Allyson was wheeled away to surgery, and I was suited up to join her. They put up a curtain at Allyson’s chest level. I stayed on the side so Allyson could see me, so I could talk to her. On the other side of the curtain, doctors were opening her abdomen, to pull out our child. I had Allyson list the 2017 Cubs by their starting positions to distract from the knowledge we were in surgery. As she made it to the outfielders, we heard a cry. It was Aura.
This was a surreal moment, the moment we first heard the voice of this person we had known only through vibrations, ultrasounds, and movements within a womb. We had only known her in small ways, and suddenly here was a new way on the other side of the curtain. Soon they lifted her up over the curtain and we saw our daughter for the first time. I was led over to the table where they would do their preliminary doctor exam stuff, and I introduced myself. She was not at all happy to be in this cold, bright new world, but she would soon be placed on her mother’s chest, and that would settle her down. She was able to raise her head up already.
Though I am prone to get reflective in these weekly posts, I’m finding it difficult to get too philosophical at this point on the birth of my child. So many people have asked me if it’s everything I hoped for or if it’s what I thought it would be. Having heard from so many parents that parenthood is full of surprises, that you shouldn’t go in with too many expectations, I’ve tried to approach fatherhood without wanting it to be something or expecting something out of it. So, I don’t really know how to answer those questions. I’ve gone into this much more focusing on how I want to be a father. The ways I want to respond to my child and who I want to try to be. I don’t exactly know what I hope for out of this, and I don’t think I want to know. I just know who I want to be in this, and to that end I am pouring myself into it. The pouring has been an incredible experience so far. I have poured myself out like this before, but this will be much more ongoing, much more far reaching and deep.
The next day and a half would be a blur of naps on a hospital recliner, visits from about 12 different types of doctors and nurses, and time spent getting to know this new person that Allyson and I made. We continue to marvel at the fact that we both made this little human with all its human body parts. I figured out tricks to calm her. I hum to her. I breathe deeply with her on my chest, hoping she’ll get in touch with her own breath. I put a finger in her mouth. I sing her some of the songs I know best. I hold her close and tell her, “You’re alright. You’re alright.” We watched our first Cubs game together, a victory over the Reds. The first song I played for her was The Five Stairsteps’ “O-o-h Child.”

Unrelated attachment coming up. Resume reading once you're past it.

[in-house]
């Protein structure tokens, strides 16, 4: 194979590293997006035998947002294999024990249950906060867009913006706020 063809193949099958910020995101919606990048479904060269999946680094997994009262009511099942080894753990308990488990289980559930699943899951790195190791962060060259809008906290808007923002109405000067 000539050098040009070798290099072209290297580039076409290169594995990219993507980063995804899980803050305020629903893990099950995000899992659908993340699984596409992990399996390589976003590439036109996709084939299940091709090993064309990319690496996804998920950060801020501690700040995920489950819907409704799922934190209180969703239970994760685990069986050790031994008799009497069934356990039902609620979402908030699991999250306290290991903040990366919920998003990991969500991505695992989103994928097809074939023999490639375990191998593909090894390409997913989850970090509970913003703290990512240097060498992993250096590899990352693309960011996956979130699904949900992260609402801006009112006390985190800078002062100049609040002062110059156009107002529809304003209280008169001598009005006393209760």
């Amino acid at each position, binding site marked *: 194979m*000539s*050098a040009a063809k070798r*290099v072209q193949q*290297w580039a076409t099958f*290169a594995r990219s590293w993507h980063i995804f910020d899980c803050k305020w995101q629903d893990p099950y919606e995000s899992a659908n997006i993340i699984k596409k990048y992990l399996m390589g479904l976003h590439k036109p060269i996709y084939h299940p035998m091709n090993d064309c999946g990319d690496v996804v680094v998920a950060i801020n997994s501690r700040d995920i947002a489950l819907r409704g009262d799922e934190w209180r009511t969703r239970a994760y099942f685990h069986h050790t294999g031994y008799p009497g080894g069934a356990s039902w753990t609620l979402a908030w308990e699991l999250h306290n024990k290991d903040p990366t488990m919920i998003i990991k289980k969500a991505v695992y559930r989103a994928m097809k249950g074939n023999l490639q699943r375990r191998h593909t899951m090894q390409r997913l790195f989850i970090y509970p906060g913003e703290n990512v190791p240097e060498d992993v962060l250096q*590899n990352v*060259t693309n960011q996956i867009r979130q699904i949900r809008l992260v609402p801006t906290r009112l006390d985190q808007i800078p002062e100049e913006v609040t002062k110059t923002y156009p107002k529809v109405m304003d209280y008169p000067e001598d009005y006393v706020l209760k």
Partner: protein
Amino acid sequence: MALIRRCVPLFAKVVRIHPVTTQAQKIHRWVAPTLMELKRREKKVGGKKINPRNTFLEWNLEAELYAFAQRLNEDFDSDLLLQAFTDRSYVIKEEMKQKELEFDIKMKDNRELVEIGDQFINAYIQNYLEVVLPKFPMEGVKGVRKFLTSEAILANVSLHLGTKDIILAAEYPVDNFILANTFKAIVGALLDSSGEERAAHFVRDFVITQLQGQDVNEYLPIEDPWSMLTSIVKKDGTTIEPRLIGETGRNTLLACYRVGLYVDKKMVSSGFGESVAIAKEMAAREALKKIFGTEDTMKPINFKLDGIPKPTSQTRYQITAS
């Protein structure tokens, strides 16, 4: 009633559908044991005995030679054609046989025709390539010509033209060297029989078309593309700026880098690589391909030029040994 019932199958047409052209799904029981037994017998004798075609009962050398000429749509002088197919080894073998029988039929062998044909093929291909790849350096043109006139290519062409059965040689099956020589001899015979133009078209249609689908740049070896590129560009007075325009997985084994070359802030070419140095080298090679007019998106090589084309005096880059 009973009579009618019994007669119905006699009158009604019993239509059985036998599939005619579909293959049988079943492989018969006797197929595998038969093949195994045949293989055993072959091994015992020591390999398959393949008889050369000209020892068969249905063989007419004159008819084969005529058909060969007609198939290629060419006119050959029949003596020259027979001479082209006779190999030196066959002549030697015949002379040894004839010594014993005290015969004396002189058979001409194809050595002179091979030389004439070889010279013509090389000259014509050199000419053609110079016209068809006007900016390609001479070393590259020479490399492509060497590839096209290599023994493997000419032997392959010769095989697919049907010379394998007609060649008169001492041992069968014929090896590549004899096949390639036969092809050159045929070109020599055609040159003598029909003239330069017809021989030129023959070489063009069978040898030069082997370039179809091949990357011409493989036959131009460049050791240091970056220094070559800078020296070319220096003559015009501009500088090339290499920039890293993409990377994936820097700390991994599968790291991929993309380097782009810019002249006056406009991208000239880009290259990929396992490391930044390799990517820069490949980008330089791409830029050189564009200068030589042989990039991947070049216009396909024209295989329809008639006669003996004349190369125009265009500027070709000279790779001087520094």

We are learning more about who she is, wondering what parts of each of us are being mirrored to us. So far, we’ve discovered she is fairly easy going, she likes to coo and squeak. She is strong for someone who weighs 7 lbs 13 ounces, she frequently breaks out of swaddles. She almost rolled over the first night. Despite her general calm, she has a temper that usually gets unleashed when you undress her or bathe her. In this first week, I started calling her our little werewolf, because it seems that this temper comes out most violently after the sun goes down.
On one of these first fits I’ve heard my daughter throw, I picked her up and held her close to me. I bounced her and put her little red face close to mine. I whispered to her, “I will teach you what to do with that fire.”
I wonder how these little aspects of her will carry over as she grows. I wonder if she has her father’s temper. Whatever we share, I look forward to holding these things from our bloodline with her. I am watching, becoming a student of how to help her find what that little fire inside is capable of.